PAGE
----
The Bolivian Exodus to Spain has exploded in recent months, not because of any quarrel or act by the Bolivian government (the lack of economic opportunity is non-partisan here, a cruel fact of life under seven presidents for more than a decade). What accelerated things is the announcement by the Spanish government that in the next few months it will begin requiring visas for Bolivians to enter Spain. As the door looks to be closing, tens of thousands of Bolivians hope to make it through beforehand.
Arlington, Virginia, is home to more Bolivians than any other place in the US, so many that Los Tiempos, the Cochabamba daily, publishes a Virginia edition. A Bolivian colleague of ours, Leonardo de la Torre Avila, who just published an important book on Bolivian immigration, says that some of the construction crews that rebuilt the Pentagon after 9/11 were made up of undocumented Bolivian immigrants. “They were in there rebuilding the Pentagon speaking Quechua,” he told me.
If Bolivians can borrow enough for airfare and other costs, they go to Virginia to build houses or to Barcelona to be maids. Those who an only afford a bus ticket head to Buenos Aires – home to more than a million Bolivians – to sell fruit or bake cakes.
One of the big beneficiaries of the exodus are the two Bolivian airlines, LAB and Aerosur, who are filling so many seats from Bolivia to Madrid that Aerosur just added a 530 seat jumbo jet to its fleet.
And the “remittance” money sent back to families is becoming a major source of national income. Some communities profiled by de la Torre Avila have developed a community-based remittance program in which Bolivian workers abroad send the money back to their small towns that use it to finance infrastructure projects like school construction that they can’t get the government to fund.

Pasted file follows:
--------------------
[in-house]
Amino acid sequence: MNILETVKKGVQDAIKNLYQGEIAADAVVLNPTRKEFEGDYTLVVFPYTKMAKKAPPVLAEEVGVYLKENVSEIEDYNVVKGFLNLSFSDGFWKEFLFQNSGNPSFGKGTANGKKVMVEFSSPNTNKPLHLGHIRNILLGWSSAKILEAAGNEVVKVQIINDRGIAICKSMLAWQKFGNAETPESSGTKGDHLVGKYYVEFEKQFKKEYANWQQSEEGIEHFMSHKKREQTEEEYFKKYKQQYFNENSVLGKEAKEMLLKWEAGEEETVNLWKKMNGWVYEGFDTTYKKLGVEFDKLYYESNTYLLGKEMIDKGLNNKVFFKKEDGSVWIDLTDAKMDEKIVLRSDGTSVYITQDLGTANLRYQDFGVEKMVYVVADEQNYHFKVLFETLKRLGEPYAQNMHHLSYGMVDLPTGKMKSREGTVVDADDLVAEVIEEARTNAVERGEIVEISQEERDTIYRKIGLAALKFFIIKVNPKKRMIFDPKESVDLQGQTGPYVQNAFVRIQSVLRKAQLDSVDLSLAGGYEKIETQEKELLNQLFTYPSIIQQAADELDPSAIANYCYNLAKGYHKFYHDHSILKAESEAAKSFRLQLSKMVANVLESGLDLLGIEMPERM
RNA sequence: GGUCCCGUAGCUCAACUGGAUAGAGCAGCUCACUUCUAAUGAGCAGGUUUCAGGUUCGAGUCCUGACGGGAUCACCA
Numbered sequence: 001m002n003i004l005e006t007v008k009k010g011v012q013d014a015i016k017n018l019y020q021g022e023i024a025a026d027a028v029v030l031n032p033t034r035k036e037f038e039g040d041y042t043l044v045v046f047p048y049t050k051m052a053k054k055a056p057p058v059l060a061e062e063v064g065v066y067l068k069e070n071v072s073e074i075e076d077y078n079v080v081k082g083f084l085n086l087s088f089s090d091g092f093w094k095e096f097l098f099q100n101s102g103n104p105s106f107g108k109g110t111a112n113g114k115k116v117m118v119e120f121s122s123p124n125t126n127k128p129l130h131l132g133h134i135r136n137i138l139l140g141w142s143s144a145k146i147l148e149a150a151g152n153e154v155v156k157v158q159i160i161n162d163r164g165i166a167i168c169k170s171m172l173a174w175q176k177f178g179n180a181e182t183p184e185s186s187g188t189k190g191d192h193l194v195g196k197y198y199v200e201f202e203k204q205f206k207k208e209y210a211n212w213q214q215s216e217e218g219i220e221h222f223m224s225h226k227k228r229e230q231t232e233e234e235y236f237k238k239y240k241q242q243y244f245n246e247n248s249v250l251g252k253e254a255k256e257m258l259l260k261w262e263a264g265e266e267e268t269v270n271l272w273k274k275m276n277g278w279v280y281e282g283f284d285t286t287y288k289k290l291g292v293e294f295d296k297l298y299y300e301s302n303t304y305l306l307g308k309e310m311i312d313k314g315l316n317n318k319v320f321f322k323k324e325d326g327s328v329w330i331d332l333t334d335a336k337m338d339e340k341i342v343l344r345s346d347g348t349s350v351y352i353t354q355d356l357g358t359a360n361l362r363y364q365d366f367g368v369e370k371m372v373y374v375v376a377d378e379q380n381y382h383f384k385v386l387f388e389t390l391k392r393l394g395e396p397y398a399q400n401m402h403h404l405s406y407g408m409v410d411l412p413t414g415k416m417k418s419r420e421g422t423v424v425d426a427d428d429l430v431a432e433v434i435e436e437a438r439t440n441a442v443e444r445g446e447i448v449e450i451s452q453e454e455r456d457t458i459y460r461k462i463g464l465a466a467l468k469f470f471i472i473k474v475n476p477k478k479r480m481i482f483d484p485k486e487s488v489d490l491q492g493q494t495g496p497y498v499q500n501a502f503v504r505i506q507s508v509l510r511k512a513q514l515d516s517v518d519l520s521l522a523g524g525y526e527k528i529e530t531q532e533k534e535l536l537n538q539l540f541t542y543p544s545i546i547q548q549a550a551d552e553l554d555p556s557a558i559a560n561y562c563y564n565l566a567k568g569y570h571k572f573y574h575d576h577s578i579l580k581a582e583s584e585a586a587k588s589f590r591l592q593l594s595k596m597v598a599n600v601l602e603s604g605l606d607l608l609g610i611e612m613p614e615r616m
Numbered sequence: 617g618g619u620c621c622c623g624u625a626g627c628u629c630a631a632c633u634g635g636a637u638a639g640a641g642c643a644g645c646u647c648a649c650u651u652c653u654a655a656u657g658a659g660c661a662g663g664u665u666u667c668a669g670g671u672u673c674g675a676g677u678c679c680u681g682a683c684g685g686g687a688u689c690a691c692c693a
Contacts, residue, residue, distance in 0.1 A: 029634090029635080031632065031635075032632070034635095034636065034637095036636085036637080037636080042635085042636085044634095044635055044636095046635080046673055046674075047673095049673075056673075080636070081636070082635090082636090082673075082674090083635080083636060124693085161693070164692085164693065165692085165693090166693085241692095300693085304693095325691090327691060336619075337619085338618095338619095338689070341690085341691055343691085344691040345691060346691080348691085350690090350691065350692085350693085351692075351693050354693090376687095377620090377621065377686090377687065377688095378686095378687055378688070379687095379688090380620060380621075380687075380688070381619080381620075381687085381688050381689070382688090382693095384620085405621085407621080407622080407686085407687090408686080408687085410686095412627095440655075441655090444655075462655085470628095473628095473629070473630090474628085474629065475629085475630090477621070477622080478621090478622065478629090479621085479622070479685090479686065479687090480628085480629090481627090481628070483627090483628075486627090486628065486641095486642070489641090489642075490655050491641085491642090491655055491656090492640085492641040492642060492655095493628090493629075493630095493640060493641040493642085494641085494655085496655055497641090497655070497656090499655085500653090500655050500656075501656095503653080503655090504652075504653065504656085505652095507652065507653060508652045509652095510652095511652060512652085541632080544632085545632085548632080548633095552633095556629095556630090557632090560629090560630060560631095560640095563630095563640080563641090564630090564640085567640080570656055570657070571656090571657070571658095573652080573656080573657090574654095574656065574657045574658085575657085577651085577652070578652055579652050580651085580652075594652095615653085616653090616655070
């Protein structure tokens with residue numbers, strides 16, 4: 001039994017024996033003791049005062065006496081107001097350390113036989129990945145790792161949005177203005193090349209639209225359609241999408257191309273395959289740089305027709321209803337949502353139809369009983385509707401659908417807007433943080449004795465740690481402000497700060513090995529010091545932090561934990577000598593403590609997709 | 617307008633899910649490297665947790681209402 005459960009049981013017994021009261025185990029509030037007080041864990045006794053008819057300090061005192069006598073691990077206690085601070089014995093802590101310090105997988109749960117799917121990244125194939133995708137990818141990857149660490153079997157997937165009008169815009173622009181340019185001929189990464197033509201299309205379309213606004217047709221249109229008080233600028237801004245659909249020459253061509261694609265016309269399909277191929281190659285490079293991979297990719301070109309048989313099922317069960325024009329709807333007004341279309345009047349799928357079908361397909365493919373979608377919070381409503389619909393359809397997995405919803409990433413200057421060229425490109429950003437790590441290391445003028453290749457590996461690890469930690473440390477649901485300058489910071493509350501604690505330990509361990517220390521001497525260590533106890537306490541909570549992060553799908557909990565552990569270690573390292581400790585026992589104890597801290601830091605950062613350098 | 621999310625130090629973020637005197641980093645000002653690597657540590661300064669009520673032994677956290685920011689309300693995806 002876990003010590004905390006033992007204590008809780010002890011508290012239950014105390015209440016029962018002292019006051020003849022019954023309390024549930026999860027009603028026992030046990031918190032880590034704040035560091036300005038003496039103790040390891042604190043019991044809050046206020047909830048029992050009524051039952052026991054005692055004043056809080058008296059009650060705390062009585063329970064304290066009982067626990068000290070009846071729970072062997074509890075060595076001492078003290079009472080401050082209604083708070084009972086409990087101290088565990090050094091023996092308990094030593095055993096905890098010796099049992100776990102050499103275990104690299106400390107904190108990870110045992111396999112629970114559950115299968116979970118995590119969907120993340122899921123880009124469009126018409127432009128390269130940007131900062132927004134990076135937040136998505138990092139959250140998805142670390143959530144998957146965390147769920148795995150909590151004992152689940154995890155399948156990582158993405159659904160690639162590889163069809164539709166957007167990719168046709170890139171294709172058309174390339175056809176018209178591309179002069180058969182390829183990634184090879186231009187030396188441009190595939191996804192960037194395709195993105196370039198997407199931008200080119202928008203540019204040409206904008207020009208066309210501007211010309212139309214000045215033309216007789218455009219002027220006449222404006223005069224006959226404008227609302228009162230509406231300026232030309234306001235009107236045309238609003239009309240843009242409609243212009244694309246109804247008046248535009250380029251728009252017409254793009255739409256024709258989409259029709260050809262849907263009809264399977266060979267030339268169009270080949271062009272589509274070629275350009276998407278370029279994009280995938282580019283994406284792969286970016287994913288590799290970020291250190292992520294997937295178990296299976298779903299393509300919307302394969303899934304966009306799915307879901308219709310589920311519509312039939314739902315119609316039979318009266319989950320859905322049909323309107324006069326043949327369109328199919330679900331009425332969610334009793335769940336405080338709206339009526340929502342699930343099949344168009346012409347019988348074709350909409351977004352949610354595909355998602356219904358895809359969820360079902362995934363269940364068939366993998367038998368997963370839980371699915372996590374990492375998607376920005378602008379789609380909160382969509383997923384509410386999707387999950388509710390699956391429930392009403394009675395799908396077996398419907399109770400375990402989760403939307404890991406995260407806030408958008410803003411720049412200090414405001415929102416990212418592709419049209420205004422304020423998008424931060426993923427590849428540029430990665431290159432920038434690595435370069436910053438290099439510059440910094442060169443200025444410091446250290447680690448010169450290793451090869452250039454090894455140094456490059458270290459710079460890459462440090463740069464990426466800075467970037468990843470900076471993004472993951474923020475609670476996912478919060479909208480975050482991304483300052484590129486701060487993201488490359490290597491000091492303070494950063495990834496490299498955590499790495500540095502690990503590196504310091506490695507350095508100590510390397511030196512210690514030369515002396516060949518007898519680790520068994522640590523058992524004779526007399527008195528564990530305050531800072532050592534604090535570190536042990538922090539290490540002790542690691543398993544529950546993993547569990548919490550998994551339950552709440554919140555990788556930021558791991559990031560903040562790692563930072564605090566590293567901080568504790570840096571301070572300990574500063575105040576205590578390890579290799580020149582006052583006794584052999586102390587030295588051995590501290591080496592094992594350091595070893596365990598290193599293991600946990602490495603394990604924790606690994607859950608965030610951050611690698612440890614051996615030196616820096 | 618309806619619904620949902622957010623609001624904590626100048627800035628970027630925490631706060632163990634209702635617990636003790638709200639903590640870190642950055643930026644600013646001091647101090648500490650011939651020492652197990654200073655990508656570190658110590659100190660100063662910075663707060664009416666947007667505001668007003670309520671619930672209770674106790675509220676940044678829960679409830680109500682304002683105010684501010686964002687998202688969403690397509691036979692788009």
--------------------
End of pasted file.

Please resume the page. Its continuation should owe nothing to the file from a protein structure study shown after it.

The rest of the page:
A little over 100 years ago my great grandfather, a tinsmith, left his wife and children behind in Romania to seek his fortunes at the St. Louis World Fair. He also promised to send for his family but after two years of waiting my great grandmother took matters into her own hands (it was an arranged marriage and not a blissful one) and made the long and dangerous sail across the Atlantic with a brood of small children, one of whom almost died en route.
Governments sign free trade agreements to let capital flow freely where it will at the push of a button, but labor is offered no such ease. No one leaves behind his or her family cavalierly. Most every story in every seat flying across the Atlantic tonight (in the other direction from my ancestors) is a story of tears and of people feeling they have no choice.
For years economic pressures have been forcing so many people from the countryside here to the cities that many small pueblos face extinction. Now Bolivia is losing tens of thousands of its most ambitious and hard-working people who, facing similar economic pressures, are moving abroad. What Bolivia needs is a viable plan to make it possible for people to stay where they are, if that is what they want. So far, no plan powerful enough to achieve that is anywhere in sight, not in Bolivia and not in any of the other dozen countries in Latin America where exodus to elsewhere is changing everything.